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Google's Android chief says AI will change what smartphones can do and reset the battle with Apple for mobile supremacy

Alistair Barr   

Google's Android chief says AI will change what smartphones can do and reset the battle with Apple for mobile supremacy
  • Google's Sameer Samat says AI offers a unique opportunity for the Android ecosystem.
  • Gemini AI on Android operates at the system UI level, providing context-aware capabilities.

Sameer Samat is a powerful guy these days.

I recently saw him on Netflix's Drive to Survive TV show, bringing the hammer down on Zak Brown, the head of McLaren's Formula 1 racing team. Google is a big sponsor and Samat wanted to see improvement.

And last month, Samat moved up via a reorg at the top of Google. He's now President of Android Ecosystems, which means he runs Android, the world's most popular smartphone platform. This job also includes Android TV, Android Auto, and new augmented and mixed-reality technology.

At Google IO, I got a chance to interview Samat. I started by asking him how AI is changing the smartphone market, competition with Apple, and the distribution of Google's technology.

"AI is having a moment. It's a huge opportunity for the Android ecosystem," he said. "We are going to be very fast-moving to not miss this opportunity. It's a once-in-a-generation moment to reinvent what phones can do. We are going to seize that moment."

With Google's new Gemini AI models, "we can do things that have never been possible on smartphones," he added.

The 800 pound smartphone gorilla, Apple — this was not a word uttered by Samat during the interview. At one point he said "the other OS," referring to Apple's iOS mobile platform, which leads in the US, but still lags far behind Android globally.

More than an app

On that "other OS," Google's Gemini is just an app. On Android, it's way more, according to Samat.

He showed me an example, by pressing and holding the power button on his Pixel 8 phone. This summoned Gemini to appear on top of the YouTube app he was in.

There was a video playing and he asked Gemini questions about the clip. Gemini analyzed the footage and responded from the relevant part of the video. He then pulled out a Samsung S24 and did the same thing, but touched and dragged up from the bottom right of the screen to summon Gemini.

The "System UI" level

This is possible because Google has baked Gemini AI models and assistant technology into the "System UI" level on Android devices. That's below the app level, where the technical important stuff happens.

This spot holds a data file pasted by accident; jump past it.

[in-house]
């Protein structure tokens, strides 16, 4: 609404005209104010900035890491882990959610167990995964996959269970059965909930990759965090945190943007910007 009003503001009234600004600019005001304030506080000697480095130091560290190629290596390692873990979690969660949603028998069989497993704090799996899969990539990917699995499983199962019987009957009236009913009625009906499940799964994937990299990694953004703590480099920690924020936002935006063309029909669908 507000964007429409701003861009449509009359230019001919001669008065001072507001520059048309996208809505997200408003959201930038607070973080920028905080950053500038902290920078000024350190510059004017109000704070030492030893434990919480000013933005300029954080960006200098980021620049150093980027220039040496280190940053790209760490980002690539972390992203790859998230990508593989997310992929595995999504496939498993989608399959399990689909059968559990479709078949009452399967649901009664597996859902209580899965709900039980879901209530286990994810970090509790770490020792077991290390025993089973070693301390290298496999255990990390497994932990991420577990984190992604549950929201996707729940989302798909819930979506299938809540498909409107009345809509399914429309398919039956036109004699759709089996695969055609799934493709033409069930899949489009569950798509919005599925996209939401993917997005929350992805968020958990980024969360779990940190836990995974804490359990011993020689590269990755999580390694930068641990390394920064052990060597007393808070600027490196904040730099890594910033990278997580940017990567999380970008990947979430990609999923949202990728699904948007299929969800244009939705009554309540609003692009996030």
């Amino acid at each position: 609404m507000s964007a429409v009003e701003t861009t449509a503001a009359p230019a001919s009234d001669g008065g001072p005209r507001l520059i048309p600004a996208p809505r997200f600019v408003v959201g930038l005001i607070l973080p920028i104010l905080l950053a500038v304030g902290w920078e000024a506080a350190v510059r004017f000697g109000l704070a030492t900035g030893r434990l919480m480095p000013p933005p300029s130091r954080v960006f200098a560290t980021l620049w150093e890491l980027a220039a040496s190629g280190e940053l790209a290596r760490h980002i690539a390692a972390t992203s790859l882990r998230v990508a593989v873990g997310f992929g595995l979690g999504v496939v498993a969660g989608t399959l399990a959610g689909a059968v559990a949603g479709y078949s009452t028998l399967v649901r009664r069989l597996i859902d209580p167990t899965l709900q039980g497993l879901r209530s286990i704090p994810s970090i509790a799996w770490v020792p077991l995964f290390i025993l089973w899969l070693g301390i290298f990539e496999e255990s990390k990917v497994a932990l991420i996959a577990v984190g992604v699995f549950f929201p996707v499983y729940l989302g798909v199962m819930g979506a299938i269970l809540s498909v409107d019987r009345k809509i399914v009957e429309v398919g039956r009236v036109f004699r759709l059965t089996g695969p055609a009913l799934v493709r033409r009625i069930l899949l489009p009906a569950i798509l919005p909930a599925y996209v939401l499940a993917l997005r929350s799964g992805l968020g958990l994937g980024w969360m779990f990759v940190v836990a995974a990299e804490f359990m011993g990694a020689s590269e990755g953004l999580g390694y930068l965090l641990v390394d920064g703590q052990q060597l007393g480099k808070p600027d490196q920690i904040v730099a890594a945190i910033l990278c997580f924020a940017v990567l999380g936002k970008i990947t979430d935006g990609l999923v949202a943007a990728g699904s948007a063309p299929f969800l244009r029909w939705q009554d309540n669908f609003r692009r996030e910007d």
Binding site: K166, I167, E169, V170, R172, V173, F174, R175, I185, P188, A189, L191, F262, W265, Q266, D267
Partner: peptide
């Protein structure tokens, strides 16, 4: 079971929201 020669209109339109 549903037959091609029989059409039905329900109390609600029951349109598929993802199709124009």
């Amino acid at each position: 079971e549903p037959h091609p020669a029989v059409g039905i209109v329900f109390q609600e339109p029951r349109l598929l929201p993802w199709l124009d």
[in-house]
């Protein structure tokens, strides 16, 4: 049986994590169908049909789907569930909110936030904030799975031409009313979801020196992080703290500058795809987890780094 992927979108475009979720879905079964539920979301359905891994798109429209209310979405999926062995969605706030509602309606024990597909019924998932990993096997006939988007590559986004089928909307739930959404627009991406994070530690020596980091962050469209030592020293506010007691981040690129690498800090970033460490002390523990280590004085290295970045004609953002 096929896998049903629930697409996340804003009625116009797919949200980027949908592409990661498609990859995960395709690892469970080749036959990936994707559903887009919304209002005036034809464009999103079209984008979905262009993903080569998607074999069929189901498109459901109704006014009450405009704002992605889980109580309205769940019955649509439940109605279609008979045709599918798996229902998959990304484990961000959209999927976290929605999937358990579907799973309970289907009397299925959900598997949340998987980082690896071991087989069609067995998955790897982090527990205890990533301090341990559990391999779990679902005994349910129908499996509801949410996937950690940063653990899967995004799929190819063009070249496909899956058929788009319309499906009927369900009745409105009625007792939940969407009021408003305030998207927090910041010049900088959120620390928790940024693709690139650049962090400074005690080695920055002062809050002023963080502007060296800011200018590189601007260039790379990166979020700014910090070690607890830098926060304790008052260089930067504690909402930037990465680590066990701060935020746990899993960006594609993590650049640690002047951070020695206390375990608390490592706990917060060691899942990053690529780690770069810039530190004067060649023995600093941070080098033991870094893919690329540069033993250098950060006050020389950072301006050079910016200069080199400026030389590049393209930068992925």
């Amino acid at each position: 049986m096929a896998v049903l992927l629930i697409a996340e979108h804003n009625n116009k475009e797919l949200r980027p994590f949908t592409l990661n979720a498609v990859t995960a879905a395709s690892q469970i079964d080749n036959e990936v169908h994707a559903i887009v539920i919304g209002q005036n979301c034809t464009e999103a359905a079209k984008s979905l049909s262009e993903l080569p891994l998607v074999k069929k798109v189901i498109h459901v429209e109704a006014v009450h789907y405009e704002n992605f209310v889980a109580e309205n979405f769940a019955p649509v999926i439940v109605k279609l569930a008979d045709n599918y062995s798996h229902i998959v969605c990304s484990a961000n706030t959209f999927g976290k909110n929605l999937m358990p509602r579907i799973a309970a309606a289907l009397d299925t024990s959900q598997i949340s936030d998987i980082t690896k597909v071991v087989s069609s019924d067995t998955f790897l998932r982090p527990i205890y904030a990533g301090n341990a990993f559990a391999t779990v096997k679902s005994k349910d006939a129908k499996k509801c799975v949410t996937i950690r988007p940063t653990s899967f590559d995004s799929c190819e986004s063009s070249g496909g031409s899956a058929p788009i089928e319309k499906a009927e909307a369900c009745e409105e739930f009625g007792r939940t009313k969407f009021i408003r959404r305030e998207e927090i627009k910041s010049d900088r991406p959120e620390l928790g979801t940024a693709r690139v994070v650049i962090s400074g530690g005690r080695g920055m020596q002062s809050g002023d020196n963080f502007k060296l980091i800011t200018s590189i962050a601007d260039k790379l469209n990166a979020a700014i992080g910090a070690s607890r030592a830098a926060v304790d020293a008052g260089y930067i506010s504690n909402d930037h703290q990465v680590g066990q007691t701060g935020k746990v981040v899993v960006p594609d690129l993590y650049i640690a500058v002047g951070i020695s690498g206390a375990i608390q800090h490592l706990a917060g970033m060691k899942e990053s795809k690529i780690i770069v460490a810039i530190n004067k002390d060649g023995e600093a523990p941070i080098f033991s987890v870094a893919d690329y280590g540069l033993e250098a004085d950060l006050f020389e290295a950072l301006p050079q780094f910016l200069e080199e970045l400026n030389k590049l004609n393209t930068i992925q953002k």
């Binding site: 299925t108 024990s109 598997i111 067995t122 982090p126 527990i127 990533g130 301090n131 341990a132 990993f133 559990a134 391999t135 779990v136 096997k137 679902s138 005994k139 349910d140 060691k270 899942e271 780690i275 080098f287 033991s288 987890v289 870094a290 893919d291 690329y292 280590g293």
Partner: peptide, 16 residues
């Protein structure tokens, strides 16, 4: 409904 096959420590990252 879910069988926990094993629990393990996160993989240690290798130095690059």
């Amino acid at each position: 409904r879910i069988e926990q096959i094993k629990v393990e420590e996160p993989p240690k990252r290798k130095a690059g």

"You can't do stuff like this if you're just an app on a device," Samat said. "We can do this on Android, so Gemini can come into the situation with context, above or to the side of what's happening."

Without being hemmed into an app, Gemini is free to roam around more of the device and understand the context of what you're doing at any moment.

Samat stressed that this only happens if users summon the AI with intentional actions such as that button press on the Pixel 8 or the swipe on the S24.

On-device AI

He cited another example: On-device AI with the smaller Gemini Nano model. This runs on the Pixel 8 and the S24, with more Android devices coming soon.

This allows Gemini to do useful things while not sending user data to cloud data centers.

One use case for this approach: If you're using an encrypted messaging service on your phone, you can't send that data off to a data center for AI models to process. So an AI assistant or agent can't help you write replies and do other cool stuff when texting.

With Nano, Google has on-device AI that can process these encrypted messages and provide help on crafting replies and taking other actions. None of that data will leave the device, Samat said.

Gemini on iPhones?

Then I asked Samat a big business-strategy question: Does Google want its best Gemini models distributed more prominently on Apple devices?

Google already pays Apple billions of dollars a year to have Search as the default on Safari. Will it do a similar deal to distribute Gemini on iPhones, for instance?

Samat declined to comment. More generally, he said Google's broad goal is to serve all users around the world.

However, he stressed that this doesn't mean the company can't build unique experiences on Android devices, including many new AI experiences.

Circle to Search

He cited Circle to Search as an example. This lets you search for anything you see on your phone screen by simply circling, scribbling or highlighting it. For example, if you're looking at a video and find a hat or sunglasses you want to buy, all you need to do is launch the Circle to Search feature and circle the product.

This works through a combination of Google Search, Gemini AI technology, and Android — something that's not possible on any other platform, Samat said.

These experiences require end-to-end optimization, which is what Google is doing with its Pixel devices and with Samsung, and soon other Android providers.

"AI is a fundamental differentiator for Android. Samsung is a critical part of this, as is Pixel," he said.

"Is this all about our Pixel devices? No!" he added. Samsung and other Android device makers are crucial in this next wave of AI-powered devices, he explained.

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